Investors have already taken some solace from the reported declines in the CPI and PPI, yet bond prices do seem to be figuring it out. Bonds rallied very sharply in the seconds immediately after the CPI report was released. But over the course of the afternoon, bond prices faded until they were nearly unchanged for the day. This was repeated after the better than forecasted PPI emerged on Thursday, but bond prices went negative before lunchtime. The bond market has seemingly figured out that this “good” inflation news isn’t really definitive evidence that inflation has peaked or that it will soon revert to the Fed’s inflation targets.
Fed officials did their best to dispel some of the market’s most egregious misjudgments of the economy. Presidents Kashkari, Evans and Daly, long-time doves, spoke publicly that the market is unrealistic to think that the Fed’s rate hikes will soon stop and that it will soon thereafter start to lower rates. These Fed officials appreciate that a quick decline in inflation is unlikely while the labor market is still getting tighter, so wage inflation remains under upward pressure. As these Fed officials spoke, bond prices fell. And yet, despite the decline in bond prices and the rise in yields, stock prices rallied strongly both days. So, what’s going on?
Part of the answer is stock investors took heart that the risk of recession is clearly lower, so corporate profits might hold up better than feared. But it also seems that investors succumbed to the very failure they attribute to the Fed. In the past, particularly under Arthur Burns, the Fed tightened policy to contain inflation, but terminated the approach prematurely, thereby allowing higher inflation to become embedded in the economy. In contrast, Volcker tightened policy far more substantially and he maintained that policy stance until inflation declined very significantly. This time, the market is pricing in precisely the same kind of premature easing seen under Burns. Will Powell make that same mistake? That doesn’t seem likely. The comments of so many Fed officials suggests they are really more committed to regaining control over inflation. We agree that policy must tighten more until underlying inflation comes off the boil and that most certainly requires some rise in unemployment. It is possible a full recession isn’t required. Certainly, Powell would prefer a “soft landing”. A slowdown in growth that causes unemployment to rise slowly to reduce inflation pressures is possible and surely needed to bring inflation back to target. It seems the Fed gets this, but it also seems investors are not on the same page. And how all this plays out remains to be seen.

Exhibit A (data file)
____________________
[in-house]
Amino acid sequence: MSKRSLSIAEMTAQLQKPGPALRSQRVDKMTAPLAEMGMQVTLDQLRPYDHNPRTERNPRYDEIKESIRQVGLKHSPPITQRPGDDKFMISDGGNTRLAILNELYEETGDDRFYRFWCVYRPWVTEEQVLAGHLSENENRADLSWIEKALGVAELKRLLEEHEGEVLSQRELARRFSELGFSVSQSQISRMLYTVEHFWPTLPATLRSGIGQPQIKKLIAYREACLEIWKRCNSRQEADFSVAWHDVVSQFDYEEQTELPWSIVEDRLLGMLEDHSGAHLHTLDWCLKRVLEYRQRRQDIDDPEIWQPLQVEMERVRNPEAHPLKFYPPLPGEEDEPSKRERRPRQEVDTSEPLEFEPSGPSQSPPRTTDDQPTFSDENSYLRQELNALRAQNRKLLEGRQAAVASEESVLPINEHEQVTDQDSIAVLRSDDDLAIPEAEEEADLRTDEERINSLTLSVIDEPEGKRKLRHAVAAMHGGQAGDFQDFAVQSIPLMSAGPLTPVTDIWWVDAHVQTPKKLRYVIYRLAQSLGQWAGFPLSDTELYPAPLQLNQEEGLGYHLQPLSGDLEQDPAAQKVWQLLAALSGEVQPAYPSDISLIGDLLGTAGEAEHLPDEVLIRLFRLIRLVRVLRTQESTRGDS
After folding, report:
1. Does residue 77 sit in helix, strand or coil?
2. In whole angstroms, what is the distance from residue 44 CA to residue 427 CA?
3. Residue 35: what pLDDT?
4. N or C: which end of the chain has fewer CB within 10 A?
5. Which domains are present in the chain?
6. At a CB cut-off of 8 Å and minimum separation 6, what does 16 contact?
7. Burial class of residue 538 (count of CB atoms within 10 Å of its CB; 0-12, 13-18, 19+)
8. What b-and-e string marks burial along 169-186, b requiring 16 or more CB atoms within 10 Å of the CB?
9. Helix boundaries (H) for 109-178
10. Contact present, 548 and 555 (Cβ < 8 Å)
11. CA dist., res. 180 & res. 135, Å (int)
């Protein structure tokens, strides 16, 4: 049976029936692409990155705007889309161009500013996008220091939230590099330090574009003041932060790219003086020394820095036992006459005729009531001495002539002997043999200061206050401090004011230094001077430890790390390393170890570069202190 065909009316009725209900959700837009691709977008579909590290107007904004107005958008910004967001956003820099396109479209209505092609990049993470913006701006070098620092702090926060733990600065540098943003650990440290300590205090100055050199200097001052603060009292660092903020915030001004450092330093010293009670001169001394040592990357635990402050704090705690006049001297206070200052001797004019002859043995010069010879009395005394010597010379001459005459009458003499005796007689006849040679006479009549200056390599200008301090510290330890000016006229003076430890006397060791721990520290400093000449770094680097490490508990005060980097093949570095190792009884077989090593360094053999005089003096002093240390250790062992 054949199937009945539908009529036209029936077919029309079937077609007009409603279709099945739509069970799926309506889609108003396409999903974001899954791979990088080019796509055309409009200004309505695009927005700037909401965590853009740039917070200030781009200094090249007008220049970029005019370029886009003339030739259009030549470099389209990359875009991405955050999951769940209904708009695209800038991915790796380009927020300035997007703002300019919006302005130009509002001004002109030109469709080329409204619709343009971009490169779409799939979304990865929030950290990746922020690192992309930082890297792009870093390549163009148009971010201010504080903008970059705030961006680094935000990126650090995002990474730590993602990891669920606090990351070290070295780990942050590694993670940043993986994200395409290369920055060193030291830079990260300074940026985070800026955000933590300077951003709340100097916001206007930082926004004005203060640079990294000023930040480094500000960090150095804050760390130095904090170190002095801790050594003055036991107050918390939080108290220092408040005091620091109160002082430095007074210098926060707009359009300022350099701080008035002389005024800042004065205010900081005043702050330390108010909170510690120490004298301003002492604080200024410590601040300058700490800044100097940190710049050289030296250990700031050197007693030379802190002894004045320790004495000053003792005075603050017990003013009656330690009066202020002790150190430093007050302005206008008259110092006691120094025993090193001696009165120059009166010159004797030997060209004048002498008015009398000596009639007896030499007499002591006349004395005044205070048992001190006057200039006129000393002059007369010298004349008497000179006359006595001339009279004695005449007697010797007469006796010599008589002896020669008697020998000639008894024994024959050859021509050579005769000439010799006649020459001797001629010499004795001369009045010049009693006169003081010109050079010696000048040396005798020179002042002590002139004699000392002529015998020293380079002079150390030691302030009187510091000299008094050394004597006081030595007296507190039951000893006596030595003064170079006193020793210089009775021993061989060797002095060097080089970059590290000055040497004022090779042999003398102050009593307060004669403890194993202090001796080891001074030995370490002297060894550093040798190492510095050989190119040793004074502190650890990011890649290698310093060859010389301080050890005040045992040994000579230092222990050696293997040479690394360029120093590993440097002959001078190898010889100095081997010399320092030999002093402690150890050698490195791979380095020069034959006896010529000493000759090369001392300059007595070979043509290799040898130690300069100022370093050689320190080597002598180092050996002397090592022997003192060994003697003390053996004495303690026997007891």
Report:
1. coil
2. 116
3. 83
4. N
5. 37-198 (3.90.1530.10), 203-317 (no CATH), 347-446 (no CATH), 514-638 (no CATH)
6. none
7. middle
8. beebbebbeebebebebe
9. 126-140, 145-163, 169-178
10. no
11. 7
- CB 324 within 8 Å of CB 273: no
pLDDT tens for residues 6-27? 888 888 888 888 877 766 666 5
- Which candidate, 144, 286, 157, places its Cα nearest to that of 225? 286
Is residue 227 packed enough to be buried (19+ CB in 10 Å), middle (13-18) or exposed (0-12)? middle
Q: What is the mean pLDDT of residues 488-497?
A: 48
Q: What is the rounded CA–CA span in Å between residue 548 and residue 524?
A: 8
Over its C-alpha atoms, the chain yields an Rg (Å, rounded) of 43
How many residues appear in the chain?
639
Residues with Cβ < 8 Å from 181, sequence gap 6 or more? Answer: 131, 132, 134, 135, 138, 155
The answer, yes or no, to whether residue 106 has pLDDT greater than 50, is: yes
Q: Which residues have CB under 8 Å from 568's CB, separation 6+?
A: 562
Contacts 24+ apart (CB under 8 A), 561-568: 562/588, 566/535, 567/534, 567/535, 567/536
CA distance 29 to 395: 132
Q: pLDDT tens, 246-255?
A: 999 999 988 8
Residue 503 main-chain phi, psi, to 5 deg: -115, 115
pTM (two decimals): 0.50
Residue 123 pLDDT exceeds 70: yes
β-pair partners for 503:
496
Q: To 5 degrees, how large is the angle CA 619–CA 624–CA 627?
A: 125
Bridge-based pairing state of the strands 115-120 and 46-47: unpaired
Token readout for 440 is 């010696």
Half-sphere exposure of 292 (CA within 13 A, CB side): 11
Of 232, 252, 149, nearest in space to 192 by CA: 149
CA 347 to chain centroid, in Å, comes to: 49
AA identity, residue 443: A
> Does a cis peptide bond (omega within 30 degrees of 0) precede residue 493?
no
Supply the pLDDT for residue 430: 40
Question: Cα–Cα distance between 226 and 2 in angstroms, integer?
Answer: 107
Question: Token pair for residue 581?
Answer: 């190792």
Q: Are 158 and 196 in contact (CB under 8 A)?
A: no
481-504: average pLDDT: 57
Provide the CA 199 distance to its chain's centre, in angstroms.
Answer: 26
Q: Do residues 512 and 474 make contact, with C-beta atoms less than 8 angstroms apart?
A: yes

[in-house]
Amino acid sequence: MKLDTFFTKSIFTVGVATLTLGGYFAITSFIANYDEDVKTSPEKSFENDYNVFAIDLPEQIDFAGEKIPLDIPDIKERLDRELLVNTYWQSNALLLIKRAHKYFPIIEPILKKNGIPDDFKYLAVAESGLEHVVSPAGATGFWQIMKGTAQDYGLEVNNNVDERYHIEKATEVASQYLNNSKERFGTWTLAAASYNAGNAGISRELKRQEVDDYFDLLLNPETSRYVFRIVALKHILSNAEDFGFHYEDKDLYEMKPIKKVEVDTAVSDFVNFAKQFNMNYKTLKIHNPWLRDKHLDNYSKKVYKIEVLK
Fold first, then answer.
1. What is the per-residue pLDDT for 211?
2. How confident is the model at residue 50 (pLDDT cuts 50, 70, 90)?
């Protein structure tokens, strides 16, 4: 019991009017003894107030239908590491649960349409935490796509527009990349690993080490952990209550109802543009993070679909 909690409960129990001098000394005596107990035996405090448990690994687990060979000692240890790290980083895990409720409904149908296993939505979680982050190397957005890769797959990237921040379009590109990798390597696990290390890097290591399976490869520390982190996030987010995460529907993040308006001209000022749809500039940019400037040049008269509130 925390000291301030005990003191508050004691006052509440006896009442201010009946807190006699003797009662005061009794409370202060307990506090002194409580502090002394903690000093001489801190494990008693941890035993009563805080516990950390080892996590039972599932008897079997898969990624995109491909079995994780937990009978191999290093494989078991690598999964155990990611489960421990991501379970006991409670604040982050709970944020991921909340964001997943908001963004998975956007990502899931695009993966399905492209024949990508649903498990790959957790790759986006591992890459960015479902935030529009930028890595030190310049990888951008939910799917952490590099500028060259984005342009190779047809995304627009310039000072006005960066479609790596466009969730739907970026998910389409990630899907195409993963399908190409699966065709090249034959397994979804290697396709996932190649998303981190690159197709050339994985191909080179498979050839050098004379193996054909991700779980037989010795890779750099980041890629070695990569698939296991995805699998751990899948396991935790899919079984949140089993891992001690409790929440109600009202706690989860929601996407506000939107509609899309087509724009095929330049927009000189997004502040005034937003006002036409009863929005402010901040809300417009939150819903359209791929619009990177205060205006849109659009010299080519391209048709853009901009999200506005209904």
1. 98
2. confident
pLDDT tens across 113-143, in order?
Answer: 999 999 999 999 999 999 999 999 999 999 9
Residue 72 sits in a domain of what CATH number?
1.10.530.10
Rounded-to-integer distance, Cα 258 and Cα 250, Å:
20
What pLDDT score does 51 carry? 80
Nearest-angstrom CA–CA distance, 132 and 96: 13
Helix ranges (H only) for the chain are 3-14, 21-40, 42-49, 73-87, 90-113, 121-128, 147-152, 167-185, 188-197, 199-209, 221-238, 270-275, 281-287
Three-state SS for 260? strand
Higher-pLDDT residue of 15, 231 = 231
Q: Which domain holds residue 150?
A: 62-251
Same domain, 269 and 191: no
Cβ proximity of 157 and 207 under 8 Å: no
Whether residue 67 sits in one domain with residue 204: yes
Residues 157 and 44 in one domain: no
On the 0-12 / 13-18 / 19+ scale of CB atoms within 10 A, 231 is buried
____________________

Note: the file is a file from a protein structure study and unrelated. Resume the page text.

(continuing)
Editors Notes: Gross domestic product (GDP) is the total monetary or market value of all the finished goods and services produced within a country’s borders in a specific time period. Gross domestic income (GDI) is a measure of a nation’s economic activity that is based on all of the money earned for all of the goods and services produced in the nation during a specific period. Consumer Price Index (CPI) is a measure of the average change over time in the prices paid by urban consumers for a market basket of consumer goods and services. Indexes are available for the U.S. and various geographic areas. The Producer Price Index (PPI) program measures the average change over time in the selling prices received by domestic producers for their output. Frank Burns was an American economist and diplomat who served as the 10th Chair of the Federal Reserve from 1970 to 1978. Paul Adolph Volcker Jr. was an American economist who served as the 12th Chair of the Federal Reserve from 1979 to 1987.